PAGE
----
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  12. I can't thank you enough for your wildly informative posts regarding Ikea, Barker Doors and Blum hinges--you gave us the confidence to embark on this crazy renovation journey, and the results are fantastic.
    I do have a question for you, that I haven't quite been able to puzzle through as of yet: we have a 45 degree corner wall cabinet (http://www.ikea.com/us/en/catalog/products/S29040675/), and I'm unsure of what Blum hinges to order. Any suggestions? Thanks again for sharing your work!

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  13. Looking on my past posts I believe Ross had said the corner wall needs Clip-top 170 Degree Hinge Overlay / Self-Closing (#71T6550). Let me just say this- the corner wall cabinet door was the Bain of my exsistance for a while. It took a lot of adjusting to get the door to close right and open correctly with enough clearance for the doors around it not to scrape each other. . The biggest issue I found was that I didn't realize that the corner wall cabinet specifically-comes with these large white bubble shaped stick on things that you need to put on the top and bottom of the cabinet frame so that the cabinet door can shut properly. Without them the door will not close until it hits the frame and when it does its too recessed for the surrounding cabinets to function so they act like a spacer to bump the corner door off the frame a bit. Not sure if it will make sense until you get to this point or if Ross can explain it better. Good luck!!

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    1. Thank you, Ruth! My reading comprehension must have failed me--I didn't realize that you had the same question, too. I have those big white bumpers as well in my "loose parts" container, but had forgotten what they were for--this is so helpful.

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    2. Carrie and Ruth, I updated the FAQ for the 45 degree corner cabinet Carrie linked. My wife and I used the base corner cabinet with bi-fold doors and we don't have any upper corner cabinets so I was unaware of this issue. The solution I posted should work fine, it is just going to require some adjustments as Ruth can attest too!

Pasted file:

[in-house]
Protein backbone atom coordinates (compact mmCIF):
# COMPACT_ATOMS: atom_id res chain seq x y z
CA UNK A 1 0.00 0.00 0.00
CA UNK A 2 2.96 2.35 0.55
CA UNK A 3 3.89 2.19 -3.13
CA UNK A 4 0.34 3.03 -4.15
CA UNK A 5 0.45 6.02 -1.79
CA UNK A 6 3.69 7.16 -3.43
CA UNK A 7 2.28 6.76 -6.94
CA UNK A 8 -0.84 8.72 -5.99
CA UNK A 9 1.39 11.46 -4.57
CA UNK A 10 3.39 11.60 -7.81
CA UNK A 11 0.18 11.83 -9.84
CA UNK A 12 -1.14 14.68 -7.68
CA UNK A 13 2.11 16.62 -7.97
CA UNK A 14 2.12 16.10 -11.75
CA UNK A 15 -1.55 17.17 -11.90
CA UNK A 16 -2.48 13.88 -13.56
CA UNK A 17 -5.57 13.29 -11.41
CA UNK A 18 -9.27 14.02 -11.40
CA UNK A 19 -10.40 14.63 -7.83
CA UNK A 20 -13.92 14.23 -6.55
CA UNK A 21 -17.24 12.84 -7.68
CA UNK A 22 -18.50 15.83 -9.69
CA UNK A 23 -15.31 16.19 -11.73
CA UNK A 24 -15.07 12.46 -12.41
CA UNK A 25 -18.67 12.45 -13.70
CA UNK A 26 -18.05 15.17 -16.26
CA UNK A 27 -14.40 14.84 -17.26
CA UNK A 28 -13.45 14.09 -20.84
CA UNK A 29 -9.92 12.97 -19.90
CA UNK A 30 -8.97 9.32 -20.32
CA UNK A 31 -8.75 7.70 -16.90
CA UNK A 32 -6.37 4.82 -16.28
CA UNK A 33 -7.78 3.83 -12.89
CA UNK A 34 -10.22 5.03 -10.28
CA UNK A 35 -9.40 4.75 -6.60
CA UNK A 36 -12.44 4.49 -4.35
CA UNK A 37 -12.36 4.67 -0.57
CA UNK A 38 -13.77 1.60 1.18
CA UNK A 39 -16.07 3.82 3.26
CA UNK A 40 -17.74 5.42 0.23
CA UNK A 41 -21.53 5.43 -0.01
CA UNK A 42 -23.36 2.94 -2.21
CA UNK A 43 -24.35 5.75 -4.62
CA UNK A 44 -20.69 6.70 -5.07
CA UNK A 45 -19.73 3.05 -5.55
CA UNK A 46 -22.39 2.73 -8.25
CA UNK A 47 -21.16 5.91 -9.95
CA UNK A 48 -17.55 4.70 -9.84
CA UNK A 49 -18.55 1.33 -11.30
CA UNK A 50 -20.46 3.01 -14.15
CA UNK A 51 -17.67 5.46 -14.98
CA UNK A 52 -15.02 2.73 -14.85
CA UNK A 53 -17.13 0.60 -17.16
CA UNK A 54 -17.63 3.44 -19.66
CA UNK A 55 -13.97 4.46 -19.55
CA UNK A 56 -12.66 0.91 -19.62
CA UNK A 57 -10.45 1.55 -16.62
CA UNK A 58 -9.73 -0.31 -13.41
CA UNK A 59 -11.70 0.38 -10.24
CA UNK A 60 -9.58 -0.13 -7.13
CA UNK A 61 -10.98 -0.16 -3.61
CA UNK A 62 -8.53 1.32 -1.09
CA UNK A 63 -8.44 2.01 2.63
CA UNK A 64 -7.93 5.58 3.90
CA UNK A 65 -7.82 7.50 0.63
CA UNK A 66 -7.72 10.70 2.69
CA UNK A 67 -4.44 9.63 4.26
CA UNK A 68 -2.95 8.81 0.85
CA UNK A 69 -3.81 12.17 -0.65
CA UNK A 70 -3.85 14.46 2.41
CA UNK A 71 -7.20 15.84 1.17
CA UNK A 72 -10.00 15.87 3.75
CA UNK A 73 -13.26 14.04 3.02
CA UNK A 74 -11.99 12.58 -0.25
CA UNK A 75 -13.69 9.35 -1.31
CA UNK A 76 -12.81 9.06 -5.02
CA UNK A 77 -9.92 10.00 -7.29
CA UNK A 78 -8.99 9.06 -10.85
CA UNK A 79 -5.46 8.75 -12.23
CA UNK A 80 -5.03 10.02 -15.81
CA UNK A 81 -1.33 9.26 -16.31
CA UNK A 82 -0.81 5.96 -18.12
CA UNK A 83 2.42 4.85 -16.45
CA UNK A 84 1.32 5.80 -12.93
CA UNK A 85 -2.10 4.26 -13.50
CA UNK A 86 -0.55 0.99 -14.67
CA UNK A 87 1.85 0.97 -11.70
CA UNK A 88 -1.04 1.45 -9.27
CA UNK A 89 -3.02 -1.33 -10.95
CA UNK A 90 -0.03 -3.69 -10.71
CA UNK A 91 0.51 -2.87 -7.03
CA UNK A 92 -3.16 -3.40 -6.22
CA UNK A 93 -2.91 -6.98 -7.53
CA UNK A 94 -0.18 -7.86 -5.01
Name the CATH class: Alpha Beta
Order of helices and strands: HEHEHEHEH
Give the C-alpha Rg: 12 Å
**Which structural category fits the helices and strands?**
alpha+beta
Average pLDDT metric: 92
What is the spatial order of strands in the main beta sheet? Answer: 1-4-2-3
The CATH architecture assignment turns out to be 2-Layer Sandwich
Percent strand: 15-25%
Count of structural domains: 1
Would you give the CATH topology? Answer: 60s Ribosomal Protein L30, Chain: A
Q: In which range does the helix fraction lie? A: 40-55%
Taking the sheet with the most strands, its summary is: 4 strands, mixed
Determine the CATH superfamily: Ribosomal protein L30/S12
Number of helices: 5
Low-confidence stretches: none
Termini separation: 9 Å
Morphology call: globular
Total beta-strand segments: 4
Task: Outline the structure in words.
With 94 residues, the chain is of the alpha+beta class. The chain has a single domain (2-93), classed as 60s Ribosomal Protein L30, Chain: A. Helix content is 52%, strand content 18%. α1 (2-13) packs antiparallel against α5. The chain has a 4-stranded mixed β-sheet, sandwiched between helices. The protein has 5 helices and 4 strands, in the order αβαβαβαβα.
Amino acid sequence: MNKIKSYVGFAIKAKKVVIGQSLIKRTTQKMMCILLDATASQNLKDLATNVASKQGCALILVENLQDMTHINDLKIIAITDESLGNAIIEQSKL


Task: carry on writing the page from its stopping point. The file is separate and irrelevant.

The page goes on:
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  14. No worries. And a tip for ya... Once all is installed grab the instruction manuals from all the cabinets (or a look them up on Ikea) pour a glass of wine or two and go through and identify the miscellaneous parts that you have left over. I had Tupperware containers full of misc. stuff and was suprised to find little things like the white bubble stickers and such as I read through and matched up the random stuff that was left over. Not sure if you did under cabinet lighting but low and behold they come with hooks that run along a track on the lights and you can hang utensils or mugs from them. It also feels good to purge the misc piles of stuff.

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  15. Why can't you just use the IKEA supplied BLUM hinges and mount them in a new location on the box? Is the problem that the standard barker door hinge location is too far in/out from the edge of the door to work?